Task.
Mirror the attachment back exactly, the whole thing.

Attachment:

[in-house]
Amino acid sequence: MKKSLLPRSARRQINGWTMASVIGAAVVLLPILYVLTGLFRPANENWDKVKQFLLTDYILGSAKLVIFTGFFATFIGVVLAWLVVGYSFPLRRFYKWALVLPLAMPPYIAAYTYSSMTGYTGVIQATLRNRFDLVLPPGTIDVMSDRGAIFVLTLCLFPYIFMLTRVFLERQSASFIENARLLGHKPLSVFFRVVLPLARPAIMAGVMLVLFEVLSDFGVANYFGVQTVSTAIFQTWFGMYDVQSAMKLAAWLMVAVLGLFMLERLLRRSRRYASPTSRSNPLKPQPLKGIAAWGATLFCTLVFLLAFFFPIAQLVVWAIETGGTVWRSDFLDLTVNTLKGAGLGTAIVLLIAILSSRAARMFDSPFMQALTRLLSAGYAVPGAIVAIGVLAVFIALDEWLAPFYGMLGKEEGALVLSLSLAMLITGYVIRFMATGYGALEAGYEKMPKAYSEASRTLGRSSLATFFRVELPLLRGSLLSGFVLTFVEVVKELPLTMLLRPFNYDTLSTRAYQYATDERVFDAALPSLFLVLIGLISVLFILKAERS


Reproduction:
[in-house]
Amino acid sequence: MKKSLLPRSARRQINGWTMASVIGAAVVLLPILYVLTGLFRPANENWDKVKQFLLTDYILGSAKLVIFTGFFATFIGVVLAWLVVGYSFPLRRFYKWALVLPLAMPPYIAAYTYSSMTGYTGVIQATLRNRFDLVLPPGTIDVMSDRGAIFVLTLCLFPYIFMLTRVFLERQSASFIENARLLGHKPLSVFFRVVLPLARPAIMAGVMLVLFEVLSDFGVANYFGVQTVSTAIFQTWFGMYDVQSAMKLAAWLMVAVLGLFMLERLLRRSRRYASPTSRSNPLKPQPLKGIAAWGATLFCTLVFLLAFFFPIAQLVVWAIETGGTVWRSDFLDLTVNTLKGAGLGTAIVLLIAILSSRAARMFDSPFMQALTRLLSAGYAVPGAIVAIGVLAVFIALDEWLAPFYGMLGKEEGALVLSLSLAMLITGYVIRFMATGYGALEAGYEKMPKAYSEASRTLGRSSLATFFRVELPLLRGSLLSGFVLTFVEVVKELPLTMLLRPFNYDTLSTRAYQYATDERVFDAALPSLFLVLIGLISVLFILKAERS